Puntarenas at a Glance
- Scuba diving
- Chartered boat cruises
- Canopy tours
- Puntarenas Marine Park
- La Casa de la Cultura (Culture House) art gallery
- Museo Histórico Marino (Marine History Museum
As the biggest port on Costa Rica's Pacific Coast, Puntarenas is a key destination for cruise ships and a gateway to the Nicoya Peninsula.
Fast Facts About Puntarenas
Region: Central Pacific
Closest Airports: Juan Santamaria International Airport, Florencia Airport
Altitude: Sea level
Average Temperature: 91 degrees Fahrenheit (33 degrees Celsius)
Puntarenas is both a city and a province in Costa Rica, so don’t get confused! The province is named after the its capital and administrative center. Puntarenas literally means “sandy point” in Spanish, and that’s exactly what it is built on, a sandy spit of land sticking out into the Gulf of Nicoya, surrounded on three sides by water. Long and thin, Puntarenas is no more than 5 blocks wide and more than 25 blocks long. Known simply as “El Puerto” (the port) by the majority of Costa Rica, Puntarenas was the country’s principal sea port, and was developed in the 1840’s as a transit center for the Central Valley coffee crop, which arrived at the ships first by ox cart and then by rail. Since those days, the port and the town has declined, although Puntarenas still hosts a large fishing fleet. The main seaport for Costa Rica is now at Caldera, a few miles south. Puntarenas is a popular beach destination for Central Valley Costa Ricans, being the closest beach to San Jose, and the main beach strip is crowded most weekends. For foreign tourists, Puntarenas is really only visited to use the ferry terminal to cross to the more pristine beaches of the Nicoya Peninsula.
Although most tourists visit Puntaneras due to its proximity to the Nicoya Peninsula, there are two festivals that are celebrated annually that are worth checking out. The first is the renowned Puntarenas Carnival, a lively parade that takes place in February and features live music from across Central and South America, as well as fireworks displays, sporting competitions, a flamboyant procession of costumed revelers and the crowning of the Puntarenas Carnival Queen. The second celebration of note that takes place in Puntarenas is the Festival of the Virgin of the Sea, which pays tribute to the patron saint of the Gulf of Nicoya, the Virgen del Monte Carmelo, every July. During the festivities, local ships are decorated with floral wreaths, and locals take to the streets to celebrate the blessings of Monte Carmelo.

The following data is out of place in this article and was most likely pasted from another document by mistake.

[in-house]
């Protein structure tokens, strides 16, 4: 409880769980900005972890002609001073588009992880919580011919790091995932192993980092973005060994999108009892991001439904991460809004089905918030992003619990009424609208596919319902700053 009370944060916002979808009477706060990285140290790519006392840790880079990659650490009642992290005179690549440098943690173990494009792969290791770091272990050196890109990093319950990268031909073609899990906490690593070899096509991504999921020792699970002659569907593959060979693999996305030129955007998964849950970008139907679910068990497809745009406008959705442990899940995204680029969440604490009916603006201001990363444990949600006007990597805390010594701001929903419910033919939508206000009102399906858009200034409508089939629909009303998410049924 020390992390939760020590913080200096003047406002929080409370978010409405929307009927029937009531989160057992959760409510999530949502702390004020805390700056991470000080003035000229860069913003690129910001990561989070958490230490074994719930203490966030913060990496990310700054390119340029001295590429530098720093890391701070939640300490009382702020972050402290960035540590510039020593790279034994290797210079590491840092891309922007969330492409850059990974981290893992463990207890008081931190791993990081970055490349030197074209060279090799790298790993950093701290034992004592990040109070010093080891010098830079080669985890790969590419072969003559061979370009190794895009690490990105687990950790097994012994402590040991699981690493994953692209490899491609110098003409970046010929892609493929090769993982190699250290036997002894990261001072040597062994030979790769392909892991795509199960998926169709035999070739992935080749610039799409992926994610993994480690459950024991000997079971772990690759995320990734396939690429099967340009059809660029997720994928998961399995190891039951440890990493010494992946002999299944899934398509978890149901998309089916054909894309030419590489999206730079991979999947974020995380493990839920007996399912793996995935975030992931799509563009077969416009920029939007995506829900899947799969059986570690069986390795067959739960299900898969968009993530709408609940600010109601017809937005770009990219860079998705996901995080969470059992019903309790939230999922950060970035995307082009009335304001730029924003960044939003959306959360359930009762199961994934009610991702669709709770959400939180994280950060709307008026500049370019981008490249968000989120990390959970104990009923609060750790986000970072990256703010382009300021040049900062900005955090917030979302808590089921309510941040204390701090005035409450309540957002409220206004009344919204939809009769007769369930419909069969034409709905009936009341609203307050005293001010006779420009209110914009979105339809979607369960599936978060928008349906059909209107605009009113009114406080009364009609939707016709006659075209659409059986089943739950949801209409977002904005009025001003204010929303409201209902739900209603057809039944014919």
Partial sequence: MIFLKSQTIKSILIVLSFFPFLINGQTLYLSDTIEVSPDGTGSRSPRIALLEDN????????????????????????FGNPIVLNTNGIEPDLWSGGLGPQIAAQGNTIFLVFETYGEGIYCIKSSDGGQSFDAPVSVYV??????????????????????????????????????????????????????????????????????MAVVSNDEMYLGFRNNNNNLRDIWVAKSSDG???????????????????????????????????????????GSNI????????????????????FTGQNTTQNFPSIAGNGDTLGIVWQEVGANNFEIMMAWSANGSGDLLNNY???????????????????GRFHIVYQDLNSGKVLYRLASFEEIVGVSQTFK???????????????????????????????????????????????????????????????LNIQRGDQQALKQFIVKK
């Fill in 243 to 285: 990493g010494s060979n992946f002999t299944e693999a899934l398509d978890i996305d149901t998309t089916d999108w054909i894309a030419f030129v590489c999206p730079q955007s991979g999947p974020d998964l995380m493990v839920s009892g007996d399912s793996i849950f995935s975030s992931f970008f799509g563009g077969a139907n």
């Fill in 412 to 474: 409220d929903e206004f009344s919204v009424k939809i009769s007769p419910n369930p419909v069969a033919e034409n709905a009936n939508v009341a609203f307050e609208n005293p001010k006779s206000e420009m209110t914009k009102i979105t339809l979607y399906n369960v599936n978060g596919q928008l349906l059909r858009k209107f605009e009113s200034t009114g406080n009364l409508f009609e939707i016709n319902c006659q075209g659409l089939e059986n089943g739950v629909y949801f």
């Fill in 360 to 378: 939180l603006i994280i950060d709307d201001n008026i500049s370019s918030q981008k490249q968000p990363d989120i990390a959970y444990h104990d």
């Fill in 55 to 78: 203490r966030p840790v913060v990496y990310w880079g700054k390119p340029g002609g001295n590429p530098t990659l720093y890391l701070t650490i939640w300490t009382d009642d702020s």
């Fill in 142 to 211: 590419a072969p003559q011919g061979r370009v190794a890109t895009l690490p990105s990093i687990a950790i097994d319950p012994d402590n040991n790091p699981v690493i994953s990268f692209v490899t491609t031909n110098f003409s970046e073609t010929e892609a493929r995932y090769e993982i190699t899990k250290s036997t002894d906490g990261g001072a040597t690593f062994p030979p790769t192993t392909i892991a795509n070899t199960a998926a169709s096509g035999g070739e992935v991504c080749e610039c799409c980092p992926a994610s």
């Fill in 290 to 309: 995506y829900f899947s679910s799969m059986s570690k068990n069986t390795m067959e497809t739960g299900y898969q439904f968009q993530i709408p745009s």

The locals in Puntarenas are very friendly and welcoming to tourists, exemplifying the “pura vida” lifestyle for which Costa Rica is famous. Visitors can while away a lazy afternoon at one of the many bars and restaurants in the area. Chartered sail boats depart regularly from several piers, offering tourists the chance to soak up the sun on a relaxing cruise around the Gulf of Nicoya or try their hand at sportfishing.
Attractions & Places to See
Although there is much to see and do in the city of Puntarenas, the area is perhaps best known as an important transit point for people wishing to reach the Nicoya Peninsula . However, some of Costa Rica’s most impressive national parks are just a short drive (or boat ride) away.
● Tortuga Island waterfall canopy tours
● Penas Blancas National Park
● Carara National Park
Activities & Things to Do
Many of the activities in Puntarenas revolve around the magnificent beaches that can be reached from the city. With breathtaking views, clean white sand and warm waters year-round, it’s easy to see why the Gulf of Nicoya is so popular.
● Chartered boat tours around the Gulf of Nicoya
● Scuba diving/snorkeling
Wildlife & Nature
For wildlife enthusiasts, a trip to the Puntarenas Marine Park is a must. This extensive aquarium and sealife center is home to some of the most exotic creatures in the Pacific Ocean, including manta rays, cat sharks, anemones and other fascinating marine life.
Best Time to Visit
Puntarenas is considerably warmer than cities like San Jose in the Central Valley. For this reason, the high season between late November and late April is the best time to visit Puntarenas.
Where to Stay
Puntarenas and the surrounding area have an abundance of places to stay, from beachfront cabinas to luxury resorts overlooking the Gulf of Nicoya. During the height of the tourist season, competition for rooms can be intense due to the city’s transportation connections to the Gulf of Nicoya, so travelers may want to book early to avoid disappointment. The humidity can be uncomfortable during the high season, so when reserving a place to stay, ensure the hotel or guest house has rooms with a fan or air conditioning.
Restaurants & Nightlife
The majority of Puntarenas’ restaurants are small, charming and intimate family-owned eateries. These establishments specialize in dishes using freshly caught fish, as Puntarenas is known for the quality of its seafood. There are also plenty of food cart vendors throughout the city, so grabbing a quick bite on the go is never a problem.
Amenities & Infrastructure in Puntarenas
Public transportation: Yes – regular buses to Jaco, ferries to the Nicoya Peninsula, intercity bus service
Public amenities: Yes – some public restrooms, beach changing huts
Shopping: Outdoor markets, street/beach vendors
Gas stations: Yes
WiFi or Internet cafés: Wi-Fi in some areas, limited Internet cafes
Cell phone reception: Reliable
Restaurants: Yes – wide variety of choices
Nearest medical facilities: Costa Rica Social Security System Hospital, Puntarenas